Dear Evan Hansen Is a True Crime Story
And Ben Platt is the Jar Jar Binks of his own movie
After the events of the past year and a half, audiences at the cinema might need a bit of a reprieve. But what happens when a film tries to be uplifting, yet leaves you so nauseated and confused that it feels like a stain on your mind? That was what happened to me after I left the first ever screening of Dear Evan Hansen at this year’s Toronto International Film Festival.
Directed for the screen by Stephen Chbosky, Dear Evan Hansen was a Broadway hit, earning several Tonys in 2017 (that year hosted by Kevin Spacey) and a Grammy. The film’s first trailer made waves on social media for how ridiculous 27-year-old Ben Platt looked while delivering an earnest portrayal of an anxious teen boy with a perm. Platt, the original stage Evan Hansen (his father Marc Platt also produced the film) said this was the last time he would play a high schooler, and after watching the film I would have to say he made a huge mistake doing this for one last time.
If you haven’t Wikipedia’d the very convoluted plot yet, here’s a basic summary: It centers on Evan Hansen, a very shy, depressed and anxious teen going into his senior year of high school with a broken arm. His therapist makes him write letters to himself to get his spirits up (?) and one of the letters gets in the hands of a troubled bully, Connor (Colton Ryan), whose sister (Kaitlyn Dever) Evan has a crush on. Connor ends up dying by suicide, and when his parents (Amy Adams and Danny Pino) find the letter Evan wrote to himself in their son’s possession, they believe it was his suicide note. And Evan just goes along with it — by faking correspondence between him and a kid who just died. He infiltrates Connor’s family, goes viral for his relationship with the deceased, and encourages a young schoolmate to create a memorial fund. You could be forgiven for assuming that this is a bad faith reading of the film, but sadly no — it is simply what happens.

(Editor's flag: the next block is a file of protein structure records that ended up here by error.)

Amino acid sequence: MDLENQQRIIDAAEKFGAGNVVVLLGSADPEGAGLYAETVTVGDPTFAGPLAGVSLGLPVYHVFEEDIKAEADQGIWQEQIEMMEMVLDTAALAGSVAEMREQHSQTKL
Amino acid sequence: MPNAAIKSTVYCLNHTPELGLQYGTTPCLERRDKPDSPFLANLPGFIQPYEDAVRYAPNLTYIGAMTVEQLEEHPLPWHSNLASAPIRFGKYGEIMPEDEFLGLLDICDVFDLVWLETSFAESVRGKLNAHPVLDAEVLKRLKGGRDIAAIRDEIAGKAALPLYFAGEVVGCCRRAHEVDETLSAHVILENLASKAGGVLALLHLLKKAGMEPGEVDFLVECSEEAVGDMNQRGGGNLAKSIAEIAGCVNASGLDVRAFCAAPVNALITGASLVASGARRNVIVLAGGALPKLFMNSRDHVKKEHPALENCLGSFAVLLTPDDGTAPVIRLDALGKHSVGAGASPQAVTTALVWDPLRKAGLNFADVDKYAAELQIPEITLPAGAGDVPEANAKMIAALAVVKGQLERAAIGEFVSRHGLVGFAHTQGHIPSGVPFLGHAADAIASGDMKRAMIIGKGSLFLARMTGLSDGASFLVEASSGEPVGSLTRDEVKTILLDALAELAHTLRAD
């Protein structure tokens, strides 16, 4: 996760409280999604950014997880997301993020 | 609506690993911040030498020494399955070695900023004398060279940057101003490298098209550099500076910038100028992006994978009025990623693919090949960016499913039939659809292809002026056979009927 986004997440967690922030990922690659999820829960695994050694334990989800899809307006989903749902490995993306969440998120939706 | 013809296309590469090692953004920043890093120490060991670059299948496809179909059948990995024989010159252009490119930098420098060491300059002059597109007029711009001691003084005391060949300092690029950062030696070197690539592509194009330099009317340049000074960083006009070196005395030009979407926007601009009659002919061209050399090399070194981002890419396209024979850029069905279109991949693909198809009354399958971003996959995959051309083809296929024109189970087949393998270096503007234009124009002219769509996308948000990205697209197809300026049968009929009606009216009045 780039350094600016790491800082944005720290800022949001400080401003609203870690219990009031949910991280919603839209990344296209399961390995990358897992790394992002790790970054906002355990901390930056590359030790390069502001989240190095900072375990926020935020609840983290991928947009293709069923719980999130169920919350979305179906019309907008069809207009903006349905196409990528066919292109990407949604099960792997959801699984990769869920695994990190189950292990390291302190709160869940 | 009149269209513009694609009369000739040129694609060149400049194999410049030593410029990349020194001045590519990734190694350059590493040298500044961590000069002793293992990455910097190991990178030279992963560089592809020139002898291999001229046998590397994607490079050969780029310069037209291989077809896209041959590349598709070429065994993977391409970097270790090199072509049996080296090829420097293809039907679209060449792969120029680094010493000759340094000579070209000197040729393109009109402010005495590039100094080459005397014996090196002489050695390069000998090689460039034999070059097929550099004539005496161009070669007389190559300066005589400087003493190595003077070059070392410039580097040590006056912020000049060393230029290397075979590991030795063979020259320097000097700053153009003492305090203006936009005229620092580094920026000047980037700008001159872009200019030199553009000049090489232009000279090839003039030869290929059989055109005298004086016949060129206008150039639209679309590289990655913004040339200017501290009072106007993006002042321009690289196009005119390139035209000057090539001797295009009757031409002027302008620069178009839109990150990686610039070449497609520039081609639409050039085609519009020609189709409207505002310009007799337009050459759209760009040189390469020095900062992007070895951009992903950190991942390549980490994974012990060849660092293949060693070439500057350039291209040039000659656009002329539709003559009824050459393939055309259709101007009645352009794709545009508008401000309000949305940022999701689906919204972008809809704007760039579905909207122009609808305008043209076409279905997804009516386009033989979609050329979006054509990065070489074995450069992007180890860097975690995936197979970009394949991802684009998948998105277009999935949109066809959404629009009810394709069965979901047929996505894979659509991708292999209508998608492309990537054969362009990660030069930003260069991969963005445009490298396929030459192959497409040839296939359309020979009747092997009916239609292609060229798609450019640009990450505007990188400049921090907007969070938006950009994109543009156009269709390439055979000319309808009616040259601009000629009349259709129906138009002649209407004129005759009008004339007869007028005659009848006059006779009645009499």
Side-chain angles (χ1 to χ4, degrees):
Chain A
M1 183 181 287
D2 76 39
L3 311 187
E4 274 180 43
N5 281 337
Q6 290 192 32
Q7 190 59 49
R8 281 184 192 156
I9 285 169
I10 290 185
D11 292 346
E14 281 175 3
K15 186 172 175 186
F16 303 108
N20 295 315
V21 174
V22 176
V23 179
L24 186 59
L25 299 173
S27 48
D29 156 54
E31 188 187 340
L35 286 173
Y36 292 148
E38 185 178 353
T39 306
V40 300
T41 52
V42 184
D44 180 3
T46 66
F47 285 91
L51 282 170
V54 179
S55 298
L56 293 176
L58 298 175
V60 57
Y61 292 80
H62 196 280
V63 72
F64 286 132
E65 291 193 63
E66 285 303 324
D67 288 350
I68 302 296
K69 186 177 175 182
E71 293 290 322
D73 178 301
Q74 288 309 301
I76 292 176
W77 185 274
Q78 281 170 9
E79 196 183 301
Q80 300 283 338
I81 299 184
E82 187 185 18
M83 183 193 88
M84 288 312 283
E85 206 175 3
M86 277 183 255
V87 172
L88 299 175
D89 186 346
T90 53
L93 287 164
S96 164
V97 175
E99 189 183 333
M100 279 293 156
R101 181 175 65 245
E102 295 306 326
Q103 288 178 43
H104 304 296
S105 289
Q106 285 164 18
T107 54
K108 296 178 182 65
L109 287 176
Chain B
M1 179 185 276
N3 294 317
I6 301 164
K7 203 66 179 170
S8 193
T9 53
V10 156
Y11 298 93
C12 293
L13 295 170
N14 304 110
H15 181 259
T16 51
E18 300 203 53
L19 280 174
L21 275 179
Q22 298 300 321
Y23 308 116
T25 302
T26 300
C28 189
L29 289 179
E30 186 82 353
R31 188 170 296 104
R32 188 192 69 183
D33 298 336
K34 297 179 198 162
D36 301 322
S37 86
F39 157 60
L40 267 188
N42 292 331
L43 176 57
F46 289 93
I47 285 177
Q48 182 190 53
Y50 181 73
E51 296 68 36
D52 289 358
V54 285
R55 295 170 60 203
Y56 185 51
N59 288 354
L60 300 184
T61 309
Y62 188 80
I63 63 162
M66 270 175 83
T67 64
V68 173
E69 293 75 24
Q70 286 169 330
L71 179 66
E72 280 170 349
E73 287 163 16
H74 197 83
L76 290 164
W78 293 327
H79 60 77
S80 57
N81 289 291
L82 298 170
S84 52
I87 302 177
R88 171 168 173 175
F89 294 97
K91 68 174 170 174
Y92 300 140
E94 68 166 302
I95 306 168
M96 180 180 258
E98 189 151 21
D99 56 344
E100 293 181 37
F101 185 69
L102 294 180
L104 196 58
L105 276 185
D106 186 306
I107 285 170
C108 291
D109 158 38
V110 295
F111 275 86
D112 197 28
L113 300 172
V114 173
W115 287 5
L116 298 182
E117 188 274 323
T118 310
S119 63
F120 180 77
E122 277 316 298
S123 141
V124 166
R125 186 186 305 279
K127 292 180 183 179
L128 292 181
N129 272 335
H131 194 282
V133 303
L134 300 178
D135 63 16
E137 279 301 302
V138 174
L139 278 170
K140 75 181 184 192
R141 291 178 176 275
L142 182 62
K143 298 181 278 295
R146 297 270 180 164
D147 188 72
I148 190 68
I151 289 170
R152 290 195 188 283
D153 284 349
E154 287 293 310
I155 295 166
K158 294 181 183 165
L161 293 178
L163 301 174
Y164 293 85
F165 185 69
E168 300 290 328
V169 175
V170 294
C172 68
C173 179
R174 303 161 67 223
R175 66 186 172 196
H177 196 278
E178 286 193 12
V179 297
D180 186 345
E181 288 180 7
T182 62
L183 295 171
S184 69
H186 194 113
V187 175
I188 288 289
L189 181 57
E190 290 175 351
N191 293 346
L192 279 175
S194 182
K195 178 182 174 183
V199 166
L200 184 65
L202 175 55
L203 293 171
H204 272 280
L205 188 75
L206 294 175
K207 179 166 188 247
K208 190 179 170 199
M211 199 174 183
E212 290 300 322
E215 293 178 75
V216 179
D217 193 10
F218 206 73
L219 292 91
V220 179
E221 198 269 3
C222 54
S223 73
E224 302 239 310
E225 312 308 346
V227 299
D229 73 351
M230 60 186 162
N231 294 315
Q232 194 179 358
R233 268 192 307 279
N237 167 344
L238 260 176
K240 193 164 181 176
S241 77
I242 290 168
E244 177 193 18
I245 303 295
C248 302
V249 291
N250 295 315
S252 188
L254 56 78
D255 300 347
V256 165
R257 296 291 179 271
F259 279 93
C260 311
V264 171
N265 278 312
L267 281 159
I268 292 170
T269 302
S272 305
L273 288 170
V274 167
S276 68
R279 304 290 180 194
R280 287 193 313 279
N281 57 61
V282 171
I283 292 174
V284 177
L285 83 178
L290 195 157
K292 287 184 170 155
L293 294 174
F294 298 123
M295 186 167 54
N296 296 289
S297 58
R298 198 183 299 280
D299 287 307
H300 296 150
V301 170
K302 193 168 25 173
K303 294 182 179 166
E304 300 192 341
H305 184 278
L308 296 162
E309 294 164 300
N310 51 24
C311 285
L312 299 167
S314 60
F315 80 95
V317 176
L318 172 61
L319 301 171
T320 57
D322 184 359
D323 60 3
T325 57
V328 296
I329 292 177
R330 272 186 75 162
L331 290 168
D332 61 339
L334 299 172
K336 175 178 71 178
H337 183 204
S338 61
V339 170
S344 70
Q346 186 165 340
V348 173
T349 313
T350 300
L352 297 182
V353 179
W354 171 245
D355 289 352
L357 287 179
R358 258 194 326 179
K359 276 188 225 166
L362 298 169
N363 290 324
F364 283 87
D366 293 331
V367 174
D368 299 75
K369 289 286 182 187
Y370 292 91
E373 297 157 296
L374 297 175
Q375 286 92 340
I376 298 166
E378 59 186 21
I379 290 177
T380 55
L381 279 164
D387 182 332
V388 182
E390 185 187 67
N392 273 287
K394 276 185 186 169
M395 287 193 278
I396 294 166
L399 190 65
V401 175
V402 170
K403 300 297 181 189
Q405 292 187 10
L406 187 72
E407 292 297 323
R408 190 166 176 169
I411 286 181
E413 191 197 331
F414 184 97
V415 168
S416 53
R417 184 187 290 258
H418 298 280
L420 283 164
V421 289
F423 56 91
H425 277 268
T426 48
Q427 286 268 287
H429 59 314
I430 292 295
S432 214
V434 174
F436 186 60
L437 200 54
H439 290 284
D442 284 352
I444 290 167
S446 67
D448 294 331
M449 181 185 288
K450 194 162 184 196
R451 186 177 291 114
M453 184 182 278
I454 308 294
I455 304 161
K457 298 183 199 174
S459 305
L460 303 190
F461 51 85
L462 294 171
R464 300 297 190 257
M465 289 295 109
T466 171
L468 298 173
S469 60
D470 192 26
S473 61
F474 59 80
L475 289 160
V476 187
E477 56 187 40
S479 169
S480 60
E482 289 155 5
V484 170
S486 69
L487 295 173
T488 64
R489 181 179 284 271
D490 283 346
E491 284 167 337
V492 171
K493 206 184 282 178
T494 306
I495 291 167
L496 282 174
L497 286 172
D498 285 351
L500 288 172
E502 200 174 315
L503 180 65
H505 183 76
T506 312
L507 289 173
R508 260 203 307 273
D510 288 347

Evan is a teenager with mental illnesses, so I guess we are supposed to feel for him as his lies snowball. Instead, watching the movie feels like watching a true crime adaptation of a longform article, in which Evan is the villain. It’s supposed to be a story about a sweet kid who gets wrapped up in a lie because he sees how it could help a grieving family and community, but instead it is a tale about a kid who manipulated an entire community so he could date a girl and escape his overworked single mom (played by Julianne Moore, which is extremely jarring).
Perhaps I’d have more sympathy for Evan’s self-made plight if anyone but Platt had played him. He is a terrible choice to portray someone you are supposed to feel bad for. His take on an awkward teen does not translate onto the screen, and is in fact much worse than what was hinted at in the trailer. He’s hunched over and fidgety, his perm makes him look like a Will Farrell character, and the makeup to hide his five o’clock shadow is so thick that he looks like an animated Madame Tussaud’s figure. Anytime he appeared on screen I wondered if the de-aging technology they used for The Irishman was too expensive. His performance is so grating, it’s like if Jar Jar Binks starred in his own film. The film itself is lengthy, at two hours and 17 minutes, and even though I went in knowing it was a musical, I flinched every time I knew a song was coming, prolonging an already torturous experience.
Ultimately, Dear Evan Hansen should have remained on the stage, where theatre people could appreciate whatever the film was trying to do from within the safety of their theatre kid bubble. The rest of us do not deserve to be terrorized.